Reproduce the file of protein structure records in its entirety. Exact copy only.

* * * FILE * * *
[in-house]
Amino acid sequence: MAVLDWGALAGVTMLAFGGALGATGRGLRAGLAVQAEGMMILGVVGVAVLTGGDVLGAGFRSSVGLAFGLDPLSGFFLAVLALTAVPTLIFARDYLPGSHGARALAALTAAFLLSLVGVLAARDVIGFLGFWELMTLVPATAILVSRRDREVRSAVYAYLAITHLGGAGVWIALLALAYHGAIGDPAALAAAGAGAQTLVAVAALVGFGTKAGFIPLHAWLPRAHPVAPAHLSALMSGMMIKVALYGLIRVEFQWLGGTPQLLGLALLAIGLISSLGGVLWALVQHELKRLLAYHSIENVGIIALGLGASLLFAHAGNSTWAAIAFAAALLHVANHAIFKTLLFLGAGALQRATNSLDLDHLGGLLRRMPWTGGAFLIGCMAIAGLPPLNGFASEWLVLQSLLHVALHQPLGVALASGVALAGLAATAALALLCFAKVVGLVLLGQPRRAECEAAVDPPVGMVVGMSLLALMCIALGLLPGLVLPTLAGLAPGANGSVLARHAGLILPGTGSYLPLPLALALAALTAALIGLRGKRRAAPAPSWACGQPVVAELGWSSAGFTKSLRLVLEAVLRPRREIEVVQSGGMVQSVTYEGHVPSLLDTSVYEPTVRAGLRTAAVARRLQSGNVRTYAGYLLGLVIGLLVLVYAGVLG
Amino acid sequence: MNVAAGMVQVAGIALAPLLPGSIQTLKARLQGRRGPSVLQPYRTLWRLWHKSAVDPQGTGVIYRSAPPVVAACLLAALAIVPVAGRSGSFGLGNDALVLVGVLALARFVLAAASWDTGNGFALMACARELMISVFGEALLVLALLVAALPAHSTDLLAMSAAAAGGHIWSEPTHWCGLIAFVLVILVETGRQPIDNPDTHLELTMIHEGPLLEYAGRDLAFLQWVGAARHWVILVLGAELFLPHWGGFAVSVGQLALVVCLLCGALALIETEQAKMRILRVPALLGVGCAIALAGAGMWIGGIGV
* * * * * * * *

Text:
[in-house]
Amino acid sequence: MAVLDWGALAGVTMLAFGGALGATGRGLRAGLAVQAEGMMILGVVGVAVLTGGDVLGAGFRSSVGLAFGLDPLSGFFLAVLALTAVPTLIFARDYLPGSHGARALAALTAAFLLSLVGVLAARDVIGFLGFWELMTLVPATAILVSRRDREVRSAVYAYLAITHLGGAGVWIALLALAYHGAIGDPAALAAAGAGAQTLVAVAALVGFGTKAGFIPLHAWLPRAHPVAPAHLSALMSGMMIKVALYGLIRVEFQWLGGTPQLLGLALLAIGLISSLGGVLWALVQHELKRLLAYHSIENVGIIALGLGASLLFAHAGNSTWAAIAFAAALLHVANHAIFKTLLFLGAGALQRATNSLDLDHLGGLLRRMPWTGGAFLIGCMAIAGLPPLNGFASEWLVLQSLLHVALHQPLGVALASGVALAGLAATAALALLCFAKVVGLVLLGQPRRAECEAAVDPPVGMVVGMSLLALMCIALGLLPGLVLPTLAGLAPGANGSVLARHAGLILPGTGSYLPLPLALALAALTAALIGLRGKRRAAPAPSWACGQPVVAELGWSSAGFTKSLRLVLEAVLRPRREIEVVQSGGMVQSVTYEGHVPSLLDTSVYEPTVRAGLRTAAVARRLQSGNVRTYAGYLLGLVIGLLVLVYAGVLG
Amino acid sequence: MNVAAGMVQVAGIALAPLLPGSIQTLKARLQGRRGPSVLQPYRTLWRLWHKSAVDPQGTGVIYRSAPPVVAACLLAALAIVPVAGRSGSFGLGNDALVLVGVLALARFVLAAASWDTGNGFALMACARELMISVFGEALLVLALLVAALPAHSTDLLAMSAAAAGGHIWSEPTHWCGLIAFVLVILVETGRQPIDNPDTHLELTMIHEGPLLEYAGRDLAFLQWVGAARHWVILVLGAELFLPHWGGFAVSVGQLALVVCLLCGALALIETEQAKMRILRVPALLGVGCAIALAGAGMWIGGIGV